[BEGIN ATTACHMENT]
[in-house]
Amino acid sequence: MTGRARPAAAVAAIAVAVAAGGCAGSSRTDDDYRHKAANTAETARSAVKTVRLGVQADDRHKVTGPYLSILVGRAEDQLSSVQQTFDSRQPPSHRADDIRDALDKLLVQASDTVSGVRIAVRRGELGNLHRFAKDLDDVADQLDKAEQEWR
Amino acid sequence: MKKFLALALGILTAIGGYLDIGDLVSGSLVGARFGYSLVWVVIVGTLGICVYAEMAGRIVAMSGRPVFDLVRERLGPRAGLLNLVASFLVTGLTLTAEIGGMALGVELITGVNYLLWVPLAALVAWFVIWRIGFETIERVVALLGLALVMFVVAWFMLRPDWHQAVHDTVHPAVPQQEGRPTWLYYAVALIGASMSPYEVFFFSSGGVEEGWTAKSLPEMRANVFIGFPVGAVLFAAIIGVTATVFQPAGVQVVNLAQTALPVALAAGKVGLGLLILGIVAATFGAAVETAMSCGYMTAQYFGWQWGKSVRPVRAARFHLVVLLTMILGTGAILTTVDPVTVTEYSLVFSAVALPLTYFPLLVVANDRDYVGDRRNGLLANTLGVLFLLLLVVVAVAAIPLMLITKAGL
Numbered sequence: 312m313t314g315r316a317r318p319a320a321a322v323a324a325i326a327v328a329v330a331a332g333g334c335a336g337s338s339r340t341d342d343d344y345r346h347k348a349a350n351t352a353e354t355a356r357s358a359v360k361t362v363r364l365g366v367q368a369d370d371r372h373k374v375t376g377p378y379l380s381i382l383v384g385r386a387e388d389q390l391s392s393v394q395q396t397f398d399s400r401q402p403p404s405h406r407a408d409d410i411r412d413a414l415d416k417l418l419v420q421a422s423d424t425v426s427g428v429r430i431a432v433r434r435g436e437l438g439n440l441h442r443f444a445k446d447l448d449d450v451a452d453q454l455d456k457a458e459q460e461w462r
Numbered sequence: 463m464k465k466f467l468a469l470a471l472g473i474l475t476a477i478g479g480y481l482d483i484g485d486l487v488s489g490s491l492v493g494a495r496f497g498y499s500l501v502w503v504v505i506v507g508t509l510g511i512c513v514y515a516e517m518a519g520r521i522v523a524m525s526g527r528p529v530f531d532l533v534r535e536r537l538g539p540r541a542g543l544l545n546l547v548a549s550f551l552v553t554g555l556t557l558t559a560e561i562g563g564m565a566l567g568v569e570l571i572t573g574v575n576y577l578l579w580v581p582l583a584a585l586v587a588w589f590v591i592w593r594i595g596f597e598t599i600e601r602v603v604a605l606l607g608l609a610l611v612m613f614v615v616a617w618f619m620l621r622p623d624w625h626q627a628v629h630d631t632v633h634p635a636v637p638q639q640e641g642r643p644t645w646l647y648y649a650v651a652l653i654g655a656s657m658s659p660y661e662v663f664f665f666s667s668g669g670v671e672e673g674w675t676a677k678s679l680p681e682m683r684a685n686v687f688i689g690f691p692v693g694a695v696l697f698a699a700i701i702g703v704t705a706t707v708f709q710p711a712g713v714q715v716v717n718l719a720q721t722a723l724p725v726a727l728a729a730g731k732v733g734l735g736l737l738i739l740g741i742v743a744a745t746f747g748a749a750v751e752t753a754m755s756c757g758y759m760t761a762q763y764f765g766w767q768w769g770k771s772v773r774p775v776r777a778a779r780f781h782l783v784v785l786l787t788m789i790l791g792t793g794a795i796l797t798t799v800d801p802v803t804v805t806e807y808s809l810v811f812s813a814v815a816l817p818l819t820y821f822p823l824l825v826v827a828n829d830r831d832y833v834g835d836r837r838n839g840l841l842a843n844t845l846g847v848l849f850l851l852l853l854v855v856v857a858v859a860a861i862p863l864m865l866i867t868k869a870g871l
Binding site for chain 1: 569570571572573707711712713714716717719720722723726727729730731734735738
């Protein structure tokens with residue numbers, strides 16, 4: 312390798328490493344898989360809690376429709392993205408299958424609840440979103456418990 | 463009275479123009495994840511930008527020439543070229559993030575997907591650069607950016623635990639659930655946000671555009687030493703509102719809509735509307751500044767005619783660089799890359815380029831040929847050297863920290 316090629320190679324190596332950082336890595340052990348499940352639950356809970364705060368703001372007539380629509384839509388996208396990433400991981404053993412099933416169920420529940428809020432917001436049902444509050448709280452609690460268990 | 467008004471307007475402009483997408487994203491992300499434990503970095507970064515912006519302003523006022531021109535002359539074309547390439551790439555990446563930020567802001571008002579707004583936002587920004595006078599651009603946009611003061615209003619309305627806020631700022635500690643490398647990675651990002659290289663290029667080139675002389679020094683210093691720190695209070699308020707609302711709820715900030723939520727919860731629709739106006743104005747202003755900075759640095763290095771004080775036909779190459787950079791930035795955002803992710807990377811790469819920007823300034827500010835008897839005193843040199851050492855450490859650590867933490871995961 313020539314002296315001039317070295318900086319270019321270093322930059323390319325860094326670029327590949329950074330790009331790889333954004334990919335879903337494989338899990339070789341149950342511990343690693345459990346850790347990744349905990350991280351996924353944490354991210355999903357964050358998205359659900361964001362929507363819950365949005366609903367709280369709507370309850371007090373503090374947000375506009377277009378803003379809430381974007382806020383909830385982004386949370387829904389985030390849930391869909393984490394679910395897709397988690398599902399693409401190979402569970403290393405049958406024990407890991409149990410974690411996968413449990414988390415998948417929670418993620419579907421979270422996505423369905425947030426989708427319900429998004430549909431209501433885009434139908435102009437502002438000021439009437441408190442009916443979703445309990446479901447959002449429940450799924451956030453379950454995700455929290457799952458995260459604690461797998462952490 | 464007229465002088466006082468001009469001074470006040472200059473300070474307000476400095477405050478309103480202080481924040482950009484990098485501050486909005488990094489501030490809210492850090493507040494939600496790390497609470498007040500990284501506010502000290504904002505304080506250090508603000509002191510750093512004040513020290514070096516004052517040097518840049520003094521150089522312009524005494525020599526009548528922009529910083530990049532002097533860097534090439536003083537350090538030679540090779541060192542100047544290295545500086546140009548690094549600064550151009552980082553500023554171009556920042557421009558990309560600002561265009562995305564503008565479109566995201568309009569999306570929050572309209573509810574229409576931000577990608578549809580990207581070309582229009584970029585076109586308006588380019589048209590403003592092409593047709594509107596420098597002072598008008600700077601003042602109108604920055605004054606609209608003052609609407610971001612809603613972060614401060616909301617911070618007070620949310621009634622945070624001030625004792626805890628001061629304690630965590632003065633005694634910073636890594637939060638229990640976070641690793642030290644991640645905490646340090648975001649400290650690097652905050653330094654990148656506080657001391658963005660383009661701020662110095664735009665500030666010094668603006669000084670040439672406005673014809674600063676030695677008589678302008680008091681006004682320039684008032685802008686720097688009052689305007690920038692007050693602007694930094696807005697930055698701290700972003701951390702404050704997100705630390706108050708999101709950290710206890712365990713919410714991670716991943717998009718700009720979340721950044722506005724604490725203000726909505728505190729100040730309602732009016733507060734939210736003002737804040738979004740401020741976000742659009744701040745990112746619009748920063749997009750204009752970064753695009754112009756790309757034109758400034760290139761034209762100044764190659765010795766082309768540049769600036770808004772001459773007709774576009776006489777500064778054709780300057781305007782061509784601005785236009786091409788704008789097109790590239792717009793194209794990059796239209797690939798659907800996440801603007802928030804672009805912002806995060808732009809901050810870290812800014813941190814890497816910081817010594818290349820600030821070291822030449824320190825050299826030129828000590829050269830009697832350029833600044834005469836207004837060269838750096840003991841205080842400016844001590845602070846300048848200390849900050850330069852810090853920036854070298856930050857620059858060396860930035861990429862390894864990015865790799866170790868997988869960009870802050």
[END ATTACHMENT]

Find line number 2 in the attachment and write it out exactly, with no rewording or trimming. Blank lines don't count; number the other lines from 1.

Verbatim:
Amino acid sequence: MTGRARPAAAVAAIAVAVAAGGCAGSSRTDDDYRHKAANTAETARSAVKTVRLGVQADDRHKVTGPYLSILVGRAEDQLSSVQQTFDSRQPPSHRADDIRDALDKLLVQASDTVSGVRIAVRRGELGNLHRFAKDLDDVADQLDKAEQEWR